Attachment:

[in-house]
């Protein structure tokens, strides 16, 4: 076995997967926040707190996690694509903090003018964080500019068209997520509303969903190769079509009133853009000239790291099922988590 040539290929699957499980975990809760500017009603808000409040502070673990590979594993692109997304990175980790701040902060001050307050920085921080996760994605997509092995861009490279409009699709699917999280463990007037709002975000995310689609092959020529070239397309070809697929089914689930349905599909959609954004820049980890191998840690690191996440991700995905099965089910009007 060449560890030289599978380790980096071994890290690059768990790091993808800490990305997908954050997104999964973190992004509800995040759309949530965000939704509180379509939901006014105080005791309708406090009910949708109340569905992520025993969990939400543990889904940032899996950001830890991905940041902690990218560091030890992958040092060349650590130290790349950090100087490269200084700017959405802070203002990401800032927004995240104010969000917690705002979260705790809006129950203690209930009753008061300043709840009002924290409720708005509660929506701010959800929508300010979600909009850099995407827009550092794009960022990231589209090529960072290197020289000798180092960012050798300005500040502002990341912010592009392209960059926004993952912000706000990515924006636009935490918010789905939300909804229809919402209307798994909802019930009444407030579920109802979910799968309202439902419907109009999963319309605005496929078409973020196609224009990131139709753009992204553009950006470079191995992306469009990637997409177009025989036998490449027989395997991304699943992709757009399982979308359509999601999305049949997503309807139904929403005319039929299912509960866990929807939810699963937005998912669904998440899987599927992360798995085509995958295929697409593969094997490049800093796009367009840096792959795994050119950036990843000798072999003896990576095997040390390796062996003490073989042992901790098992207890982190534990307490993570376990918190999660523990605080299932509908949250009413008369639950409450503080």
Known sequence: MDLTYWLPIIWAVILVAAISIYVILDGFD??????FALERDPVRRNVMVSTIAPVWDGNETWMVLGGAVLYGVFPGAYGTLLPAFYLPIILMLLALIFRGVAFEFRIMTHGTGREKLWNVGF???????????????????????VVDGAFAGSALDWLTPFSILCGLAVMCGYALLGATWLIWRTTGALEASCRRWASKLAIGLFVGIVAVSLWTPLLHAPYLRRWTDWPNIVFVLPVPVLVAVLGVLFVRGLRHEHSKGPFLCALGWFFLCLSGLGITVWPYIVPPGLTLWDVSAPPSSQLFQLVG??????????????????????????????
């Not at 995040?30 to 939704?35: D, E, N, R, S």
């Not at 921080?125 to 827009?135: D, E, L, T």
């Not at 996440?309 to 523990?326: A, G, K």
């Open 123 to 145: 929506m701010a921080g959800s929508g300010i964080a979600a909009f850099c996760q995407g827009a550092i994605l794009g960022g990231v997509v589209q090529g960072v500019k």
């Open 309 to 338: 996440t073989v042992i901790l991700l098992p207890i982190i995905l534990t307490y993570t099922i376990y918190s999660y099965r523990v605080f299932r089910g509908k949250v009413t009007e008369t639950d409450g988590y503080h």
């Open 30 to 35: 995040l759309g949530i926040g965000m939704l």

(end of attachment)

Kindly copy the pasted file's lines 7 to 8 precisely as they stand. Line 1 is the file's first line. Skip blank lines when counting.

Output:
């Open 123 to 145: 929506m701010a921080g959800s929508g300010i964080a979600a909009f850099c996760q995407g827009a550092i994605l794009g960022g990231v997509v589209q090529g960072v500019k």
């Open 309 to 338: 996440t073989v042992i901790l991700l098992p207890i982190i995905l534990t307490y993570t099922i376990y918190s999660y099965r523990v605080f299932r089910g509908k949250v009413t009007e008369t639950d409450g988590y503080h």